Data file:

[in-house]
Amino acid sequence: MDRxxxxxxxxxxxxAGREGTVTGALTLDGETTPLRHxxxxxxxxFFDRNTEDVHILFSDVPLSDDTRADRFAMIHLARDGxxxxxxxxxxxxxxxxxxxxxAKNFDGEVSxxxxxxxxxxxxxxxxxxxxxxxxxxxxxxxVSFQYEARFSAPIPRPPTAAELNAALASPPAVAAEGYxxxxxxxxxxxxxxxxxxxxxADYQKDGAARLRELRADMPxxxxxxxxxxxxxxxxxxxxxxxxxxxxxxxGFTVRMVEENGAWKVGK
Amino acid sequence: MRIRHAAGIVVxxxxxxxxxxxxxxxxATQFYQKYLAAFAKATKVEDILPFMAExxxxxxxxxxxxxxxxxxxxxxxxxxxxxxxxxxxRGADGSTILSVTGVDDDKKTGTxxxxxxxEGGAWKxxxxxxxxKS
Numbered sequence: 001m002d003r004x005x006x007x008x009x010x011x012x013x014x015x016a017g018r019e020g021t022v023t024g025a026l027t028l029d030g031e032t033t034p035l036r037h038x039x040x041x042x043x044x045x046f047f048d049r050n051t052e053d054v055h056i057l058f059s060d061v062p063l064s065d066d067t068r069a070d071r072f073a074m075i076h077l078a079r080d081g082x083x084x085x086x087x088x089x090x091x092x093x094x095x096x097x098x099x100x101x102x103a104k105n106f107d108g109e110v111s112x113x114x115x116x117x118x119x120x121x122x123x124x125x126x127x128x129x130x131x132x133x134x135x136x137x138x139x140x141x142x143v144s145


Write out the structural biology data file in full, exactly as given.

[in-house]
Amino acid sequence: MDRxxxxxxxxxxxxAGREGTVTGALTLDGETTPLRHxxxxxxxxFFDRNTEDVHILFSDVPLSDDTRADRFAMIHLARDGxxxxxxxxxxxxxxxxxxxxxAKNFDGEVSxxxxxxxxxxxxxxxxxxxxxxxxxxxxxxxVSFQYEARFSAPIPRPPTAAELNAALASPPAVAAEGYxxxxxxxxxxxxxxxxxxxxxADYQKDGAARLRELRADMPxxxxxxxxxxxxxxxxxxxxxxxxxxxxxxxGFTVRMVEENGAWKVGK
Amino acid sequence: MRIRHAAGIVVxxxxxxxxxxxxxxxxATQFYQKYLAAFAKATKVEDILPFMAExxxxxxxxxxxxxxxxxxxxxxxxxxxxxxxxxxxRGADGSTILSVTGVDDDKKTGTxxxxxxxEGGAWKxxxxxxxxKS
Numbered sequence: 001m002d003r004x005x006x007x008x009x010x011x012x013x014x015x016a017g018r019e020g021t022v023t024g025a026l027t028l029d030g031e032t033t034p035l036r037h038x039x040x041x042x043x044x045x046f047f048d049r050n051t052e053d054v055h056i057l058f059s060d061v062p063l064s065d066d067t068r069a070d071r072f073a074m075i076h077l078a079r080d081g082x083x084x085x086x087x088x089x090x091x092x093x094x095x096x097x098x099x100x101x102x103a104k105n106f107d108g109e110v111s112x113x114x115x116x117x118x119x120x121x122x123x124x125x126x127x128x129x130x131x132x133x134x135x136x137x138x139x140x141x142x143v144s145